01-19-2010 01:26 AM - edited 01-19-2010 01:29 AM
One topic I haven't seen a lot of discussion on is whether it is better to run an SSD in IDE or AHCI mode. In fact, I don't think I've ever seen it mentioned in any of the professional reviews which mode the drives are tested in.
The benchmarks on my system show that AHCI gives approx. an 18% improvement in read speeds compared with IDE but that may be down to the fact that I was using Intel drivers under IDE and now I'm using Microsoft's under AHCI. In fact, I did test both drivers and the Intel ones did return a slightly lower read/write speed than the default ones Windows 7 installs.
However, I've noticed that when I boot up Windows 7 now, rather that it skip so quickly through the Welcome screen with IDE that if I blinked I'd miss it (I'm the only user on my PC so I don't log on), with AHCI is takes a second or two then the desktop appears. That seems to imply that when faced with lots of access such as during the loading of Windows AHCI is perhaps not as fast as IDE. I've tested the load times with IDE and AHCI and the latter are a couple of seconds longer typically. Other than Windows loading though I can't say I've honestly noticed any performance differences between IDE and AHCI while actually using Windows.
So which should I be using: IDE or AHCI? AHCI gives you access to hot-plugging and NCQ but I've read that NCQ is great for mechanical drives in servers but not so hot for SSDs.
01-19-2010 03:18 AM
You are coming up with some insightful questions just lately aren't you! Im sure targetbsp will be along with his 2p worth shortly, but I've always gone by the benchmarks the drive gives which are clearly about 10% better in my case with AHCI enabled (Microsoft driver) as for random access times you could be right, although I would dare say that the increased boot time is simply to do with the different drivers required for AHCI to be operational on the system. Im sure that once windows is actually booted its faster in all respects using AHCI over IDE.
01-19-2010 03:31 AM - edited 01-19-2010 03:43 AM
Here I am! Man I gotta get me a job
Djinnuk makes a good point there. The reason you can't switch between IDE and AHCI is Microsoft determined long ago in earlier versions of Windows that loading hard disk drivers slows down the boot quite a lot so it only loads the one you use during setup. So when you change your registry you're making it load more than it ought too. So it could be that.
As for NCQ I doubt it has any downsides I just also doubt it has any benefits based on the theory behind it. It's purpose is to give the impression of reducing seek times on drives. It does this by if the OS requests files 1 and 2, it works out if based on the position of the read head on the data on the disk whether or not it's faster to instead read 2 then 1. This shouldn't have any effect on an SSD as you don't move anything to read so assuming 1 and 2 are the same file size the time to read them should be the same. I'm not aware of any other feature in AHCI that's there to improve performance.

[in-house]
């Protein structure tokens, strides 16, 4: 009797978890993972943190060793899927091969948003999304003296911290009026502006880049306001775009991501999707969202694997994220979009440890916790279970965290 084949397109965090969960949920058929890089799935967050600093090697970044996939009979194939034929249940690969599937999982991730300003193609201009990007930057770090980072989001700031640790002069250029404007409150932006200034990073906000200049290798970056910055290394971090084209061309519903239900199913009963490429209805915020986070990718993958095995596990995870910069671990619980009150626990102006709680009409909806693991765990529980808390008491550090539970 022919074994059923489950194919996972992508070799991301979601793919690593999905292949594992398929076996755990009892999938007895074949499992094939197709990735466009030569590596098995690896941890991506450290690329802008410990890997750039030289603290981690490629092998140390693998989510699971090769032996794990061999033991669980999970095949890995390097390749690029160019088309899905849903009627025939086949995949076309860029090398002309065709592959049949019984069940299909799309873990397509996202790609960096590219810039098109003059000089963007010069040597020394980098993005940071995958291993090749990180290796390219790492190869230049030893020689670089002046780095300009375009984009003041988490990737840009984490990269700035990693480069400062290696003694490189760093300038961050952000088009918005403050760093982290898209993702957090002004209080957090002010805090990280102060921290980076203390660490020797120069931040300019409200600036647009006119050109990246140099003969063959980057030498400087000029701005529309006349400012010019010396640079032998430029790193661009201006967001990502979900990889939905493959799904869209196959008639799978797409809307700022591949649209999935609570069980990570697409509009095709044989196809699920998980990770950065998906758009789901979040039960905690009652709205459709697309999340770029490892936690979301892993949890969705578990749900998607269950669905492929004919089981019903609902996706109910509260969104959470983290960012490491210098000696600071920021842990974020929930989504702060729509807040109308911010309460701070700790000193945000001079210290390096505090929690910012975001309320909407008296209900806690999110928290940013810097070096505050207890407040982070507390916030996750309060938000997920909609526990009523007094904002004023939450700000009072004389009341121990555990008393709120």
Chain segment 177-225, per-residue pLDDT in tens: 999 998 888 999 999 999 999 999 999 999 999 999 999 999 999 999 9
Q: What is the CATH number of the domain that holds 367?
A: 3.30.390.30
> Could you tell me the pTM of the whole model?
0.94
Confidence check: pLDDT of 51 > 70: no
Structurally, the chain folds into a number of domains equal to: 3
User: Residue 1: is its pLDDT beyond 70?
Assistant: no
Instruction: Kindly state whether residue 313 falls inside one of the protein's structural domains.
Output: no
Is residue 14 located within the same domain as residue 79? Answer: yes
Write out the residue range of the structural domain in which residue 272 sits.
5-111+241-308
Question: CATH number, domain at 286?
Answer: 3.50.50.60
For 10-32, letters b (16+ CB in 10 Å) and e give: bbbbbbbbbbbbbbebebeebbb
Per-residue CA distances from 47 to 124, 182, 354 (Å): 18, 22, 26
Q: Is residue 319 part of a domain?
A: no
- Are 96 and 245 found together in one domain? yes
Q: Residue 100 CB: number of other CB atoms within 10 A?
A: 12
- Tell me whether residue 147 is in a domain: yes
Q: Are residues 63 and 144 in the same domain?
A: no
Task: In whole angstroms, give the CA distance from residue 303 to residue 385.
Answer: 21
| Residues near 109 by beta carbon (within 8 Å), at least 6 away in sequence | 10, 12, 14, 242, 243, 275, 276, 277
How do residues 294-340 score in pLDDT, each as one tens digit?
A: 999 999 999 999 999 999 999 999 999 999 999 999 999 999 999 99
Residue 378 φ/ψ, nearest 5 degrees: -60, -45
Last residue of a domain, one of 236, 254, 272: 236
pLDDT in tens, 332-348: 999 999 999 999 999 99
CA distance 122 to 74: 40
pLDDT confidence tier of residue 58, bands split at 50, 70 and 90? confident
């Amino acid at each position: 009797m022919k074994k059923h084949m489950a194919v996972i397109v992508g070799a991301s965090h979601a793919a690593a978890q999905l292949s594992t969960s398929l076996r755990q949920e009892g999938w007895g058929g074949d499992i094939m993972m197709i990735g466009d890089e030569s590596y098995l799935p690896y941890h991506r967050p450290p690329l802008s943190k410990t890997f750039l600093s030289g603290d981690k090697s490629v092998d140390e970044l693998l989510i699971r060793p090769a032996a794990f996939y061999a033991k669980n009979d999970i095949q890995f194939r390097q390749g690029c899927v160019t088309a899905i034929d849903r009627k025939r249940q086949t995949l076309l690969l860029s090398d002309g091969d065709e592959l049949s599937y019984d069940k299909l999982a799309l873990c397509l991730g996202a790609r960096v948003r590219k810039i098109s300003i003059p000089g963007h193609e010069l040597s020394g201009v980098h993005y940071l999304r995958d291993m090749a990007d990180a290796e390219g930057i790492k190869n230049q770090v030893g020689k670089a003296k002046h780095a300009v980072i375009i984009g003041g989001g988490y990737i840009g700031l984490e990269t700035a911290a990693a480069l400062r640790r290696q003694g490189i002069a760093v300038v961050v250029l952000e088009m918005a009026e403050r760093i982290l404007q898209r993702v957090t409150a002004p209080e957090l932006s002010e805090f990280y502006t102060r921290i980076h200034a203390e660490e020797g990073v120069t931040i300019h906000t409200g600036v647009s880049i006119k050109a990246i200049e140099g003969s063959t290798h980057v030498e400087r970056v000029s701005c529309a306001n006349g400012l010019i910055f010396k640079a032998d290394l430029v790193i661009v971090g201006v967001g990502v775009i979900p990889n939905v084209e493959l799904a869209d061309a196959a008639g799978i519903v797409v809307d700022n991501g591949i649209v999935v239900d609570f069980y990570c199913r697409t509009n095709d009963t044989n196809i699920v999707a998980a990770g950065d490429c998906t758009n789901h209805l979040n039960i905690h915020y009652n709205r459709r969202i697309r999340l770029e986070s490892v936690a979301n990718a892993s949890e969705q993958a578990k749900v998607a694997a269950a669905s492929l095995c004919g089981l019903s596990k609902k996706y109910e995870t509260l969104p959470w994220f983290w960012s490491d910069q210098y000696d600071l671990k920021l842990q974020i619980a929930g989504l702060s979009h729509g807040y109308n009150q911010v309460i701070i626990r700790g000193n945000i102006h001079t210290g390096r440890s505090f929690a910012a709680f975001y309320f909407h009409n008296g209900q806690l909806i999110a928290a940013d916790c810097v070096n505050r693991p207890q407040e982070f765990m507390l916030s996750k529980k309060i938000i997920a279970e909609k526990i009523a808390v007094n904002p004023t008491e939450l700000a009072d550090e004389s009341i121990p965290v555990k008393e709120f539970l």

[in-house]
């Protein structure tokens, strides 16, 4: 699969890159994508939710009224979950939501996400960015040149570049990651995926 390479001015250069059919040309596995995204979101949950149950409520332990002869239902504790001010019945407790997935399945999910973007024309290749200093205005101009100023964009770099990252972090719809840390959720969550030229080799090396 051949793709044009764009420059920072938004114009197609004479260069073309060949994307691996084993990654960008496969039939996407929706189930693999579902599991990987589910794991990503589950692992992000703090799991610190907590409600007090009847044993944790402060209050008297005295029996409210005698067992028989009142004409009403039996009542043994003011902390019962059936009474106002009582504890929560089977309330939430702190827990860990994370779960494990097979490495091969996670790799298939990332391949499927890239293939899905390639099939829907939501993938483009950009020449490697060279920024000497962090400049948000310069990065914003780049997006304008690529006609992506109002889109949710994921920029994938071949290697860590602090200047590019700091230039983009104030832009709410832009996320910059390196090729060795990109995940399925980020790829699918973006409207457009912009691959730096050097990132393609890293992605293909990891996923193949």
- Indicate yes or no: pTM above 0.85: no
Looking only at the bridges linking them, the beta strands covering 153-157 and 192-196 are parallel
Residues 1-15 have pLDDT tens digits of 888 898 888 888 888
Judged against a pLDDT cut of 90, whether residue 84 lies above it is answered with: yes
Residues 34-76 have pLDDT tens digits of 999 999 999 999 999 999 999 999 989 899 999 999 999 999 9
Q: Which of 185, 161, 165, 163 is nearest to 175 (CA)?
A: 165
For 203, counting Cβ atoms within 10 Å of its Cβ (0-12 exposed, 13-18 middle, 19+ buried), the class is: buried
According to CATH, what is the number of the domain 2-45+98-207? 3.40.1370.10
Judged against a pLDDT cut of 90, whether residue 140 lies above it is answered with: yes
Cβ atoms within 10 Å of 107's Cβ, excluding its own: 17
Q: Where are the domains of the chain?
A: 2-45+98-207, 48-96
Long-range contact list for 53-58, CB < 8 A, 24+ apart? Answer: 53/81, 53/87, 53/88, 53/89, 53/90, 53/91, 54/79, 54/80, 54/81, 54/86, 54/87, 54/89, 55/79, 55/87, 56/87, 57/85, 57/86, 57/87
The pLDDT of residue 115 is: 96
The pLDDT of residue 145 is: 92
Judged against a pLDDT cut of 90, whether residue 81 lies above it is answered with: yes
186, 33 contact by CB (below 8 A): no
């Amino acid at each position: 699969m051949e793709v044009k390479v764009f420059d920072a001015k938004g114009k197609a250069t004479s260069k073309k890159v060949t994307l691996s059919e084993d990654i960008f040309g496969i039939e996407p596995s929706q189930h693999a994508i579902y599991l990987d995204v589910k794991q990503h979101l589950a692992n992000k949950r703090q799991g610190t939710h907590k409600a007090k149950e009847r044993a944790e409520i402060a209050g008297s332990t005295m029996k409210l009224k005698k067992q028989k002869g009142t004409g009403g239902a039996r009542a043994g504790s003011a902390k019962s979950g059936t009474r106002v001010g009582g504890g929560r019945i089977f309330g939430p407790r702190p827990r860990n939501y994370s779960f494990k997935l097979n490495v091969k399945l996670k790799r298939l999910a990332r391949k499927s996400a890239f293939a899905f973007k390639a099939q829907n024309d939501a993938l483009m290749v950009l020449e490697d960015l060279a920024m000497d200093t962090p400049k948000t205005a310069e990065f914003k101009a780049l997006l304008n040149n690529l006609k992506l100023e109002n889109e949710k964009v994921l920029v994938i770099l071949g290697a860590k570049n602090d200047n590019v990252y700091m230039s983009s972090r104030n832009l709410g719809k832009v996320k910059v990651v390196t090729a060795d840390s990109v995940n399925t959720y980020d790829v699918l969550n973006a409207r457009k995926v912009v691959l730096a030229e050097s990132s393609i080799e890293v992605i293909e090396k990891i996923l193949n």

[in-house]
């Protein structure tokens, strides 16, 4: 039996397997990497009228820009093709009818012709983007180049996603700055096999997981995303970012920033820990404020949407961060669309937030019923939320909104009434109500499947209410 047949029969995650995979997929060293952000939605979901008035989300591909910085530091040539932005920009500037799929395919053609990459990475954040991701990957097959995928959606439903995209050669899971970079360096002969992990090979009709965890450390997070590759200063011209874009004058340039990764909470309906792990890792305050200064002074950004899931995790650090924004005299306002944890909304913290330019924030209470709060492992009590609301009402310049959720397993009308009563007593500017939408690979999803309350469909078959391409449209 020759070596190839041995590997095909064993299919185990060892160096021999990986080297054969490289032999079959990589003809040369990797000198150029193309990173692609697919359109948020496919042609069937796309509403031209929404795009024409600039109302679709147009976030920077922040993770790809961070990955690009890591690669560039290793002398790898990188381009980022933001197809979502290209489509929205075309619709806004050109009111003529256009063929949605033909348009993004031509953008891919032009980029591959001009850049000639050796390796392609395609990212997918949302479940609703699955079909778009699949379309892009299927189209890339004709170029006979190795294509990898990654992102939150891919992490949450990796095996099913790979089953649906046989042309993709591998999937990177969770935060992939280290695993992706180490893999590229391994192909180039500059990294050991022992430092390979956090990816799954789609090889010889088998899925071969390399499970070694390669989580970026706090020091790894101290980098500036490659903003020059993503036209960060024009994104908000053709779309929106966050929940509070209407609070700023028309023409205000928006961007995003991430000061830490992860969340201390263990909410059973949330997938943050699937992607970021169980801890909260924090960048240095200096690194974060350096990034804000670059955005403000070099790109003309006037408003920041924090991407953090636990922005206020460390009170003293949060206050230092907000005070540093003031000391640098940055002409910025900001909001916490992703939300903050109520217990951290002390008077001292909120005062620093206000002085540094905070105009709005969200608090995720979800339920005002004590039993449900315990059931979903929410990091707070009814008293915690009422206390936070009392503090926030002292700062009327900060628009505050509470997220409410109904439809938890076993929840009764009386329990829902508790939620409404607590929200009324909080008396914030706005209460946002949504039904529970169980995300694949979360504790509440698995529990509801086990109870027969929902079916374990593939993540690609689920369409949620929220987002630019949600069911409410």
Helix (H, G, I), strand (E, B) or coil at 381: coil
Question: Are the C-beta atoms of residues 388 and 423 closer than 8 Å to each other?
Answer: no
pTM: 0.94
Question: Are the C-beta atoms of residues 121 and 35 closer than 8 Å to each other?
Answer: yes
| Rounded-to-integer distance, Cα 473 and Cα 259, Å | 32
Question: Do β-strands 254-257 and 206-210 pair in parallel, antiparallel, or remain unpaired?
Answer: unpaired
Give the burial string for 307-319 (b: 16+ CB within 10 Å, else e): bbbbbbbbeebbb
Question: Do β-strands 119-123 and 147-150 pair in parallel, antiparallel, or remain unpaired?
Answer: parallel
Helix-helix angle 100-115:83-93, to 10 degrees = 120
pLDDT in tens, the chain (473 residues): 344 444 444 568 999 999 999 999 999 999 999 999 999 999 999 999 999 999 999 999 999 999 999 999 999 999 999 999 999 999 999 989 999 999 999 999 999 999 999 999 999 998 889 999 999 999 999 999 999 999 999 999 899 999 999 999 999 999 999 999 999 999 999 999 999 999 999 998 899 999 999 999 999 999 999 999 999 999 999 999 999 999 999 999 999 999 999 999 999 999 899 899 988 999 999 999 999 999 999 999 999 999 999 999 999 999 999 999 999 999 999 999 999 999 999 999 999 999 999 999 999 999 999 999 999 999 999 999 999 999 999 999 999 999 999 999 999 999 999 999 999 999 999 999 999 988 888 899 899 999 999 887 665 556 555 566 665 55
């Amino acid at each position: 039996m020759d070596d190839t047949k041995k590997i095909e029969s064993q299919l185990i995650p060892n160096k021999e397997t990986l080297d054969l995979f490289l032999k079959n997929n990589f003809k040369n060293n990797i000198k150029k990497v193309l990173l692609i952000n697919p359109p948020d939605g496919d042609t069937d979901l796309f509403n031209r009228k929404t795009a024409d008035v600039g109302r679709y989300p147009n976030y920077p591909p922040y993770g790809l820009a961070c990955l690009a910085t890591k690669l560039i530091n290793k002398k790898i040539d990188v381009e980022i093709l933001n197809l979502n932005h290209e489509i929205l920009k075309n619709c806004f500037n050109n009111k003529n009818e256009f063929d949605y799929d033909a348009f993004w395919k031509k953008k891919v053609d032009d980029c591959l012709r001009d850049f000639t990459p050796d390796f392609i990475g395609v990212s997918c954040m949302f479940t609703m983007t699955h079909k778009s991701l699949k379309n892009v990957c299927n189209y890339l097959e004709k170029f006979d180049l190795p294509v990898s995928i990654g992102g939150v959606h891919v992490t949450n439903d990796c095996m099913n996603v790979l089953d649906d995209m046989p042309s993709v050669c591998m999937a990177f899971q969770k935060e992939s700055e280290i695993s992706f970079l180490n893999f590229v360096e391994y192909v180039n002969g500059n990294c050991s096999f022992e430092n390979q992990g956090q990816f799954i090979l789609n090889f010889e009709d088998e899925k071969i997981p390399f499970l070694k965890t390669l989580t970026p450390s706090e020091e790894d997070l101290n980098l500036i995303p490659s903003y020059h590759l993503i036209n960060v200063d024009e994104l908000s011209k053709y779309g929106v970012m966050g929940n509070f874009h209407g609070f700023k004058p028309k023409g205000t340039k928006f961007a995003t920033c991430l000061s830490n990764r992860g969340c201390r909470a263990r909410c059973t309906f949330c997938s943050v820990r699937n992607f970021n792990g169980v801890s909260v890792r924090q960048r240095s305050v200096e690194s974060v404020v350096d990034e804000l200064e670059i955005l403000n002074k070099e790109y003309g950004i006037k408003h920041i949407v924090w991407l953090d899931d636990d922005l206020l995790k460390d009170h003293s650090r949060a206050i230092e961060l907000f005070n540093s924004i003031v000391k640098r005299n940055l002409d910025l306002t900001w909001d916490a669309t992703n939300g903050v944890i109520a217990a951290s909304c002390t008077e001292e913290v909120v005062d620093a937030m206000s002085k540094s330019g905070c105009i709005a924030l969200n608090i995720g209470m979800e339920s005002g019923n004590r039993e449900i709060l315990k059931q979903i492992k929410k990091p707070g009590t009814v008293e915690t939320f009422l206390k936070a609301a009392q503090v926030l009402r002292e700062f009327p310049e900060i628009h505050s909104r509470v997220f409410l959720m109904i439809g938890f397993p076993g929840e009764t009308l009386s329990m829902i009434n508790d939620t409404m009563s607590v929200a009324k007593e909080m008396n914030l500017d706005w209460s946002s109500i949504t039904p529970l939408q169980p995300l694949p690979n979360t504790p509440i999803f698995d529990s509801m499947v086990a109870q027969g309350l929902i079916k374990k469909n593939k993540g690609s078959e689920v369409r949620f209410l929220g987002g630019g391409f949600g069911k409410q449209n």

I would imagine, though I don't know, that any performance differences come down to driver differences or possibly caching option differences between the 2 modes/drivers. I can't test this on the grounds that even with the registry changes my Windows dies if I switch transfer mode. And as for the caching mode differences, consecutive benchmarks under 1819 varied so wildly that the margin of error was too large to test any minor performance improvements. I've not carried out consecutive tests under 1916 to see if that's better now. Coupled with the fact that benchmarking absolutely canes the drive life.
Having said all the above, it seems both you 2 have had a performance increase. So hopefully people that have tested it will post in here so we can get a picture of which is better.
01-19-2010 05:57 AM
Thanks both of you for the replies.
I think I'll stick with AHCI then as I don't think I'll be losing much sleep over Windows taking an extra second or two to load over IDE. I've not come across any issues with using AHCI - my DVD-Rewriter for example still loads and burns discs - and performance seems pretty much the same to me from general usage, i.e. Windows is still uber-fast and responsive the split-second the desktop appears post-load. The benchmarks suggest better performance with AHCI and the Microsoft drivers so who am I to argue?
Incidentally, if I did want to switch back to IDE is it just a case of changing the Start registry entry for Msachi back to 3, rebooting, switching the BIOS back to IDE then letting Windows load and reinstall the IDE drivers?